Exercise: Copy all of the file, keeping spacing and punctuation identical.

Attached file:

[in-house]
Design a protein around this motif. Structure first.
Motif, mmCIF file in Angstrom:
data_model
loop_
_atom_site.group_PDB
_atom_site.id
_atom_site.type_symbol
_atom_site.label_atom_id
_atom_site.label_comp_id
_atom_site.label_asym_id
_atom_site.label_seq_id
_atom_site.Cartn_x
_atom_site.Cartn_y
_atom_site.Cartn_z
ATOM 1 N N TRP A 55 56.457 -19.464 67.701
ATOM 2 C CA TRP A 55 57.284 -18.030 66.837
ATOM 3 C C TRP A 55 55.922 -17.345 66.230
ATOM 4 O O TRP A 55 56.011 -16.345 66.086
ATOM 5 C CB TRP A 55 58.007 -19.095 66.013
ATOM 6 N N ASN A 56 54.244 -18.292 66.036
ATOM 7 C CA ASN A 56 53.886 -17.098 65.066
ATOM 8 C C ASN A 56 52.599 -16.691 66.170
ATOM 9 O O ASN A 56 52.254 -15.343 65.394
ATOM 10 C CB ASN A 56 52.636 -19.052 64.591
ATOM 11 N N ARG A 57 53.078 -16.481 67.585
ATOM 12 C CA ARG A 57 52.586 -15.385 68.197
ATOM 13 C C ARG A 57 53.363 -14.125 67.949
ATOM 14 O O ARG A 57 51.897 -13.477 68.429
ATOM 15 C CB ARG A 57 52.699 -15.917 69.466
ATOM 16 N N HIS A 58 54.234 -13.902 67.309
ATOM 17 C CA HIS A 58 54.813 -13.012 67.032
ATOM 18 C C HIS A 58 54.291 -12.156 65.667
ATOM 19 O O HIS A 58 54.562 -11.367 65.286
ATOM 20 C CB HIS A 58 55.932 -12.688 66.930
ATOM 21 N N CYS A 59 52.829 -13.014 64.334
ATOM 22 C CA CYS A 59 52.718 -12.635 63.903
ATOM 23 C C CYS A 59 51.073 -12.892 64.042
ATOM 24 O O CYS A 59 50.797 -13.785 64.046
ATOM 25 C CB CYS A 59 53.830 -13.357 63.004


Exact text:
[in-house]
Design a protein around this motif. Structure first.
Motif, mmCIF file in Angstrom:
data_model
loop_
_atom_site.group_PDB
_atom_site.id
_atom_site.type_symbol
_atom_site.label_atom_id
_atom_site.label_comp_id
_atom_site.label_asym_id
_atom_site.label_seq_id
_atom_site.Cartn_x
_atom_site.Cartn_y
_atom_site.Cartn_z
ATOM 1 N N TRP A 55 56.457 -19.464 67.701
ATOM 2 C CA TRP A 55 57.284 -18.030 66.837
ATOM 3 C C TRP A 55 55.922 -17.345 66.230
ATOM 4 O O TRP A 55 56.011 -16.345 66.086
ATOM 5 C CB TRP A 55 58.007 -19.095 66.013
ATOM 6 N N ASN A 56 54.244 -18.292 66.036
ATOM 7 C CA ASN A 56 53.886 -17.098 65.066
ATOM 8 C C ASN A 56 52.599 -16.691 66.170
ATOM 9 O O ASN A 56 52.254 -15.343 65.394
ATOM 10 C CB ASN A 56 52.636 -19.052 64.591
ATOM 11 N N ARG A 57 53.078 -16.481 67.585
ATOM 12 C CA ARG A 57 52.586 -15.385 68.197
ATOM 13 C C ARG A 57 53.363 -14.125 67.949
ATOM 14 O O ARG A 57 51.897 -13.477 68.429
ATOM 15 C CB ARG A 57 52.699 -15.917 69.466
ATOM 16 N N HIS A 58 54.234 -13.902 67.309
ATOM 17 C CA HIS A 58 54.813 -13.012 67.032
ATOM 18 C C HIS A 58 54.291 -12.156 65.667
ATOM 19 O O HIS A 58 54.562 -11.367 65.286
ATOM 20 C CB HIS A 58 55.932 -12.688 66.930
ATOM 21 N N CYS A 59 52.829 -13.014 64.334
ATOM 22 C CA CYS A 59 52.718 -12.635 63.903
ATOM 23 C C CYS A 59 51.073 -12.892 64.042
ATOM 24 O O CYS A 59 50.797 -13.785 64.046
ATOM 25 C CB CYS A 59 53.830 -13.357 63.004